The ugly tomato (Pasta with Heirloom Tomatoes & Ricotta)

I’m weirdly obsessed with heirloom tomatoes, given that I’d never had one until I finally tried this recipe. So I’ve been fascinated with this recipe for a few years, since I found it in Real Simple and tore it out (that’s right, kids, out of a magazine made of paper). It’s been languishing in my “must try” cookbook since then, because heirloom tomatoes are surprisingly hard to find.

But a few weeks ago, serendipity struck. My chiropractor (Austin, who’s awesome) had a box of peppers, squash, and heirloom tomatoes for the taking, from his and his wife’s own garden.

I snatched a couple, trying not to look like a greedy pig. I practically squealed with glee when I got back to my car. Then I got super lucky and found a third at Publix, which gave me enough to work with.

It’s said that each type of heirloom tomato has its own unique flavor, so by mixing them together you’ll have something different each bite. They are indeed delicious. But would this recipe live up to my three years’ imagining? Time to find out.

First, put the pasta water on to boil—this won’t take long. Add the pasta when it comes to a boil, as well as a few tablespoons of salt. You’ll want to reserve a 1/2 cup of so of the pasta water before draining it. The recipe calls for 3/4 of a box (12 ounces) but seriously—who uses only 3/4 box of pasta?? What do you do with the other 1/4? These are serious life questions I feel honor-bound to ask.

Chop the tomatoes into decent-sized chunks—no dicing here. You want good, meaty bites of tomato.

The recipe calls for mixed chopped fresh herbs, but I was super cheap (and Publix had a sad lack of mixed fresh herbs), so I just grabbed thyme. But to be honest, get at least a few kinds if you can, because it will definitely improve the flavor.

Anyone know a good way to get thyme off the stem and chop it easily? If so, hit me up in the comments, because that stuff is ridiculously annoying.

Once the fresh herbs are chopped up, add to the tomatoes. Also add the lemon juice, olive oil, salt, and pepper; toss together, and give it another toss every few minutes.

Right before I combined everything, I added the ricotta. If you have access to fresh ricotta I bet it would be even more amazing, but I only had the grocery store kind. I bet goat cheese or chevre would be good too.

The recipe says to toast these in the oven, but a) my oven takes a year and a half to warm up, and b) it’s 90 degrees in Georgia and my heating bill is high enough. So, skillet it is…just give those a nice toast for a few minutes on medium-high. Be careful not to burn them.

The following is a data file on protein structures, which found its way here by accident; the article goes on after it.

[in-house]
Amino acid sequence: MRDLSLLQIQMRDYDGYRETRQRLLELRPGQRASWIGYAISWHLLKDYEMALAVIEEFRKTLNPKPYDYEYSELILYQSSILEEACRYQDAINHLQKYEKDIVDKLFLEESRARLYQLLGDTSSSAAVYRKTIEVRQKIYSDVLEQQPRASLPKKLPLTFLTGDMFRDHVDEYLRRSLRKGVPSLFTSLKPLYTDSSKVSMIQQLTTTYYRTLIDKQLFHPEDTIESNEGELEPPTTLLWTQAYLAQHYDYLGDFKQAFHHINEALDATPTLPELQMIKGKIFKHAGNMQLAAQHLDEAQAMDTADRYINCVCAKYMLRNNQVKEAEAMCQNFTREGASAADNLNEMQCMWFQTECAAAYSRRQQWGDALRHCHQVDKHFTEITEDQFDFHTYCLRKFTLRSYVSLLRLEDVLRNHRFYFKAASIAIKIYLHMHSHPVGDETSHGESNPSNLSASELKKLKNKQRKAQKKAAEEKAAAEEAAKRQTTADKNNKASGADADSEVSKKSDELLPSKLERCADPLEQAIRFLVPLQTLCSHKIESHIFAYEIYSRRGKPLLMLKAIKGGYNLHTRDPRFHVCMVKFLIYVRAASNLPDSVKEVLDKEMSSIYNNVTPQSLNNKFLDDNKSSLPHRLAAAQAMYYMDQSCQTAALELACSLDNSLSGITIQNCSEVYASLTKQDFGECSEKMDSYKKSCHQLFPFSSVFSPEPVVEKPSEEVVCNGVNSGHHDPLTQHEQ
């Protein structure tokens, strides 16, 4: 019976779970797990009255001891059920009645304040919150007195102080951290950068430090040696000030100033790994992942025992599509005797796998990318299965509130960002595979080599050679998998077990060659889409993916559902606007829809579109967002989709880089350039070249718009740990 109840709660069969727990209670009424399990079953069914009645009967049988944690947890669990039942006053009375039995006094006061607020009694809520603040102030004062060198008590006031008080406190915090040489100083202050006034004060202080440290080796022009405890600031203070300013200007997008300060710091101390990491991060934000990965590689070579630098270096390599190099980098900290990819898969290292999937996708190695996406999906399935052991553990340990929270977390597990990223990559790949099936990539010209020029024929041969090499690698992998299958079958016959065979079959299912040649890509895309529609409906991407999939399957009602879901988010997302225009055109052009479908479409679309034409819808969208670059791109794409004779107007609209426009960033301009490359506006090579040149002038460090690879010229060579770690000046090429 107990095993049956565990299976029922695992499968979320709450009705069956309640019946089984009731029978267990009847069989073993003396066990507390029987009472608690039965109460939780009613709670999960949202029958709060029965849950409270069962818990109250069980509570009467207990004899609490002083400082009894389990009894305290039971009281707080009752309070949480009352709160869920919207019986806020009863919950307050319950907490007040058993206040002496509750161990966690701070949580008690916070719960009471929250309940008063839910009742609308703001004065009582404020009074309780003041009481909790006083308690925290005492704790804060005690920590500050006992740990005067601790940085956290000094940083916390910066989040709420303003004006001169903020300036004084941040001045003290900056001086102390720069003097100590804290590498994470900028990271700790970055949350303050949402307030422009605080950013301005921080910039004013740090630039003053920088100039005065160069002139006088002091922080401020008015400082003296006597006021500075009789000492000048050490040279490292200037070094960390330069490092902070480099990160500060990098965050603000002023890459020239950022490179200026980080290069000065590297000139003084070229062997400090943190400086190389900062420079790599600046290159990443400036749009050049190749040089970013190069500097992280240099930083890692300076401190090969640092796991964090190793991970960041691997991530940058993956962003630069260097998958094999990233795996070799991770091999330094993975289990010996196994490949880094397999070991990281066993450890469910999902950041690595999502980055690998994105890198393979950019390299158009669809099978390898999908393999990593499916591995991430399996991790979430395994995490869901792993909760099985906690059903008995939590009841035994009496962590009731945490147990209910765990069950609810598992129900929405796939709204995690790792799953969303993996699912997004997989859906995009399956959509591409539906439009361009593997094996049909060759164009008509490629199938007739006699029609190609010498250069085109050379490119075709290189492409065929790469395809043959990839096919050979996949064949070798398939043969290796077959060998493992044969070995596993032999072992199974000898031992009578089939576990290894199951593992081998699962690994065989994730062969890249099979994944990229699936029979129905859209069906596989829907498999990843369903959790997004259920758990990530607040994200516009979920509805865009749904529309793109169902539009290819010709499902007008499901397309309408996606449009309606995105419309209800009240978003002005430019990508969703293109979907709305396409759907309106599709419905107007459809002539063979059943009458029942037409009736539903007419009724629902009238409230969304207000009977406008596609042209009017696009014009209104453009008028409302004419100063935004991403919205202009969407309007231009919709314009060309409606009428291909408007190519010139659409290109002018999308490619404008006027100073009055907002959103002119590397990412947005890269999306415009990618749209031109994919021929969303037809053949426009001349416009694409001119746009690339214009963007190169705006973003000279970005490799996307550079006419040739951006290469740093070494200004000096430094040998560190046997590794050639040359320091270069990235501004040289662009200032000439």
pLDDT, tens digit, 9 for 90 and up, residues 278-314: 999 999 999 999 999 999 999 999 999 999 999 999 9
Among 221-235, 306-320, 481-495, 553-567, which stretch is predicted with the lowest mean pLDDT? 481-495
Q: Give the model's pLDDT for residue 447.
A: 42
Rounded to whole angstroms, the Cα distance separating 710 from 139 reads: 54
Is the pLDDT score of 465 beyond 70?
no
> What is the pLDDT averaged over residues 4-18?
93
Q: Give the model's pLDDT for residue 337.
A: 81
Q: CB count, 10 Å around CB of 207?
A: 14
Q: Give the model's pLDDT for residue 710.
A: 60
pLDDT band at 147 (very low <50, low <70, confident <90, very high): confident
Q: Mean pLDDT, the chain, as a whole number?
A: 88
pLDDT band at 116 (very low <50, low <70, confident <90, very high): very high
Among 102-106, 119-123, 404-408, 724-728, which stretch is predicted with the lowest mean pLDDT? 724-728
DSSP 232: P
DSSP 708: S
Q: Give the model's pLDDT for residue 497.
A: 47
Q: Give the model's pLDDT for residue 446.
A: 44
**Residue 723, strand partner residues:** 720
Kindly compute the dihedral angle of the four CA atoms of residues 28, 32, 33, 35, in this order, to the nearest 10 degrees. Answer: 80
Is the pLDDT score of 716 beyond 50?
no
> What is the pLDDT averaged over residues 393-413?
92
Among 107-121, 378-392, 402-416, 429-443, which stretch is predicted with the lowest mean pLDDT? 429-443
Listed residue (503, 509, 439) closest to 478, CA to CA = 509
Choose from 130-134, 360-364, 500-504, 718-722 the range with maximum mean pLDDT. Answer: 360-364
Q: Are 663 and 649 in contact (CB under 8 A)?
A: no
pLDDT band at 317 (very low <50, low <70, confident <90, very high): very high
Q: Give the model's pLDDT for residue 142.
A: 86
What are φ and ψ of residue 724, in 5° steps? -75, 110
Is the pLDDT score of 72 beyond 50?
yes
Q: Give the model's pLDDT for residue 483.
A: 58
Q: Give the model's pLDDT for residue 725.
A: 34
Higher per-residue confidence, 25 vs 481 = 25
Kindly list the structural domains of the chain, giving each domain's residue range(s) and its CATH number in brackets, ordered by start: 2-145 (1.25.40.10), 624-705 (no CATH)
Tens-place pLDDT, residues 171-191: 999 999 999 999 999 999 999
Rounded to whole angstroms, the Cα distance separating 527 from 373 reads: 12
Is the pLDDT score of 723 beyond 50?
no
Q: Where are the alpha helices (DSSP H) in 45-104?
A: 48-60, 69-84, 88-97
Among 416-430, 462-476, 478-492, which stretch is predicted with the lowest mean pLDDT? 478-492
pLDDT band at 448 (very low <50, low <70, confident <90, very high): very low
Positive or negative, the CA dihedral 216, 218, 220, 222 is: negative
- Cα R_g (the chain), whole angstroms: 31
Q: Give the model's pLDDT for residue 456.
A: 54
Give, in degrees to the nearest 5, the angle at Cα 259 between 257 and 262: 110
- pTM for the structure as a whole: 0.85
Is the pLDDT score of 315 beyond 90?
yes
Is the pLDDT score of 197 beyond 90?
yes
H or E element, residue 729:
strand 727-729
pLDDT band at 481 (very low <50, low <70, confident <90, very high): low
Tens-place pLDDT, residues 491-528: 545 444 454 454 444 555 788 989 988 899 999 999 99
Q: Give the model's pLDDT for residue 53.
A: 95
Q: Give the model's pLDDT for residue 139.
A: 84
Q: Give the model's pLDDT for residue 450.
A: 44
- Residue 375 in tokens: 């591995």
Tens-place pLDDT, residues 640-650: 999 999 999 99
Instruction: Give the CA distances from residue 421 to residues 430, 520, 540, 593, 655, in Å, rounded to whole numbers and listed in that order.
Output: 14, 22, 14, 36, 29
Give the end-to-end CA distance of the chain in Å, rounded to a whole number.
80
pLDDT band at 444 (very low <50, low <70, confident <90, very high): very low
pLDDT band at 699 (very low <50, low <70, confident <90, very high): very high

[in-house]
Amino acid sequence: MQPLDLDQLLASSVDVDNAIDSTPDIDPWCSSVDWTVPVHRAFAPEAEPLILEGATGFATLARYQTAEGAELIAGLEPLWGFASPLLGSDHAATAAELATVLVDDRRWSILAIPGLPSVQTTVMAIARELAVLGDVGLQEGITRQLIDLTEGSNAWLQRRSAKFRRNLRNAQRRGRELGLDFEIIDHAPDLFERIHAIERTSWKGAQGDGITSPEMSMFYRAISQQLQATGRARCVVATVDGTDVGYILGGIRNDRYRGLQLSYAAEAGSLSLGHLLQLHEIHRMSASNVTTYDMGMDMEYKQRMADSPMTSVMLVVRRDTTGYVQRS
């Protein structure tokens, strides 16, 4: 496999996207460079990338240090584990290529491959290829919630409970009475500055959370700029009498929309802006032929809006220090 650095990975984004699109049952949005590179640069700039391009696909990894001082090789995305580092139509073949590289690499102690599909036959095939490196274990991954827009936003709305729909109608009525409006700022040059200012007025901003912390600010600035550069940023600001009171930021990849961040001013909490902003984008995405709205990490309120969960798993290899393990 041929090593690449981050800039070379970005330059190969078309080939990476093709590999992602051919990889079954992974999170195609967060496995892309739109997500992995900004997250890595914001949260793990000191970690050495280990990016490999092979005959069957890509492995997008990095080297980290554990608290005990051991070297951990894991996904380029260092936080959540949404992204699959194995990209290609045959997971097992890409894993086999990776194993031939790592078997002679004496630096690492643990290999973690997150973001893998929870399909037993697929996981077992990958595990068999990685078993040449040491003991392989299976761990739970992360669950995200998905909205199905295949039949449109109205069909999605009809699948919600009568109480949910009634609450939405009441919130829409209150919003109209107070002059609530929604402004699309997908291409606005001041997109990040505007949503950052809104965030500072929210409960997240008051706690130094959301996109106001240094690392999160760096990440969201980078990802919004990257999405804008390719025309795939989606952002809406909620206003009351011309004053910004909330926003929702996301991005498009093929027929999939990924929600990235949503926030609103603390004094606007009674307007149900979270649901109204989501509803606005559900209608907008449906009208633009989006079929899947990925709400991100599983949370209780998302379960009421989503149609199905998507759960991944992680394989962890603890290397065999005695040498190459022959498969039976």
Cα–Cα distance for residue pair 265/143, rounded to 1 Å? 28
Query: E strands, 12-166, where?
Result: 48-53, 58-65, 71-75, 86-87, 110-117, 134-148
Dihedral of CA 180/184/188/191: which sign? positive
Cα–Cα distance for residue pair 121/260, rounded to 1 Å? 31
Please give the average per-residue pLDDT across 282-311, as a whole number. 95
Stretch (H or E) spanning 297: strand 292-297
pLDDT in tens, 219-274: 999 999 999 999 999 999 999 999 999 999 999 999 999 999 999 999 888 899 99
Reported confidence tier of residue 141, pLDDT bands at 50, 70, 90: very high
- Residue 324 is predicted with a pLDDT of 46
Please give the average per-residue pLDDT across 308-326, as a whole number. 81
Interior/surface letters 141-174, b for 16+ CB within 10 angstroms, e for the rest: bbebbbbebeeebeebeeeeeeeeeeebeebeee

Add the ricotta, drained pasta, pine nuts, and whatever of the pasta water you need to make a nice creamy sauce. I added a little parmesan/asiago blend cheese too, to give it an extra kick.

Toss everything together and there you go. Only too like 15 minutes, too. Overall quite good, though not as earth-shattering as I’d hoped. But with some practice it could be.

Original recipe here:

Rebecca’s Pasta with ricotta and heirloom tomatoes

  • 2 pounds heirloom or other tomatoes, cut into bite-size pieces
  • 1/4 cup chopped mixed fresh herbs such as chives, flat-leaf parsley, basil, and tarragon (I was cheap so only had fresh thyme, & used some dried basil & oregano)
  • 1 tablespoon fresh lemon juice (I only had from a bottle)
  • 1 tablespoon olive oil
  • kosher salt and black pepper
  • 12 ounces penne (I used a whole box)
  • 2 tablespoons pine nuts
  • 1/2 cup ricotta
  • 1/4 cup grated parmesan (1 ounce), plus more fore serving
  1. Heat oven to 400° F. Note: I didn’t do this, I just toasted the pine nuts in a skillet.
  2. In a large bowl, combine the tomatoes, herbs, lemon juice, oil, ½ teaspoon salt, and ¼ teaspoon pepper. Let stand, tossing occasionally.
  3. Meanwhile, cook the pasta according to the package directions. Reserve ½ cup of the cooking water, drain the pasta, and return it to the pot.
  4. Spread the pine nuts on a rimmed baking sheet and toast in oven, tossing occasionally, until golden, 5 to 6 minutes. (Again, I just put the pine nuts in a skillet for a few minutes on medium-high, tossing occasionally)
  5. Toss the pasta with the ricotta, Parmesan, and enough of the reserved pasta water to create a creamy sauce. Top with the tomato mixture and pine nuts. Serve with more Parmesan, if desired.

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